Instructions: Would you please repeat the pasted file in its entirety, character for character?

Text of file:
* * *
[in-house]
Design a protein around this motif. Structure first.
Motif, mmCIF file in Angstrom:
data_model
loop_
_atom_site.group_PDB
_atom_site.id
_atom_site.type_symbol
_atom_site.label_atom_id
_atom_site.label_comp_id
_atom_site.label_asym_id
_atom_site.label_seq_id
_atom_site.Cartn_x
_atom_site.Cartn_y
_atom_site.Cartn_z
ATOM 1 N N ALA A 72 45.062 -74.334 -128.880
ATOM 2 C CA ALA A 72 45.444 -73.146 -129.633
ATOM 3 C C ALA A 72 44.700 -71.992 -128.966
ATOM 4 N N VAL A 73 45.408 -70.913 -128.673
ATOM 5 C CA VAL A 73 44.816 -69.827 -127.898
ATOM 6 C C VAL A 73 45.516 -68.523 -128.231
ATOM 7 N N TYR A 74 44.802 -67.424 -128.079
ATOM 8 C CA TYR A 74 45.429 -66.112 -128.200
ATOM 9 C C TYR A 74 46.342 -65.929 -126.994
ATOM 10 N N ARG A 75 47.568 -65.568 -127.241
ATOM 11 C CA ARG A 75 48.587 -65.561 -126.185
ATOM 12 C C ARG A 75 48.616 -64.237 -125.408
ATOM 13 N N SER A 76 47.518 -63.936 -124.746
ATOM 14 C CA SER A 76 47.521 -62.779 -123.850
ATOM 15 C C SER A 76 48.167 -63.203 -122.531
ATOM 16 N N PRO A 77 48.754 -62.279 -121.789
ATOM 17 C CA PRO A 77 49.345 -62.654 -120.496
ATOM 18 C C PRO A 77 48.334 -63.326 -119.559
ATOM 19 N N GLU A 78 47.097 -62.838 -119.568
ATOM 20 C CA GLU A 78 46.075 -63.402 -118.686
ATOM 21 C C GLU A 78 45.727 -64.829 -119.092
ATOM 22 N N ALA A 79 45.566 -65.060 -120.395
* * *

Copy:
[in-house]
Design a protein around this motif. Structure first.
Motif, mmCIF file in Angstrom:
data_model
loop_
_atom_site.group_PDB
_atom_site.id
_atom_site.type_symbol
_atom_site.label_atom_id
_atom_site.label_comp_id
_atom_site.label_asym_id
_atom_site.label_seq_id
_atom_site.Cartn_x
_atom_site.Cartn_y
_atom_site.Cartn_z
ATOM 1 N N ALA A 72 45.062 -74.334 -128.880
ATOM 2 C CA ALA A 72 45.444 -73.146 -129.633
ATOM 3 C C ALA A 72 44.700 -71.992 -128.966
ATOM 4 N N VAL A 73 45.408 -70.913 -128.673
ATOM 5 C CA VAL A 73 44.816 -69.827 -127.898
ATOM 6 C C VAL A 73 45.516 -68.523 -128.231
ATOM 7 N N TYR A 74 44.802 -67.424 -128.079
ATOM 8 C CA TYR A 74 45.429 -66.112 -128.200
ATOM 9 C C TYR A 74 46.342 -65.929 -126.994
ATOM 10 N N ARG A 75 47.568 -65.568 -127.241
ATOM 11 C CA ARG A 75 48.587 -65.561 -126.185
ATOM 12 C C ARG A 75 48.616 -64.237 -125.408
ATOM 13 N N SER A 76 47.518 -63.936 -124.746
ATOM 14 C CA SER A 76 47.521 -62.779 -123.850
ATOM 15 C C SER A 76 48.167 -63.203 -122.531
ATOM 16 N N PRO A 77 48.754 -62.279 -121.789
ATOM 17 C CA PRO A 77 49.345 -62.654 -120.496
ATOM 18 C C PRO A 77 48.334 -63.326 -119.559
ATOM 19 N N GLU A 78 47.097 -62.838 -119.568
ATOM 20 C CA GLU A 78 46.075 -63.402 -118.686
ATOM 21 C C GLU A 78 45.727 -64.829 -119.092
ATOM 22 N N ALA A 79 45.566 -65.060 -120.395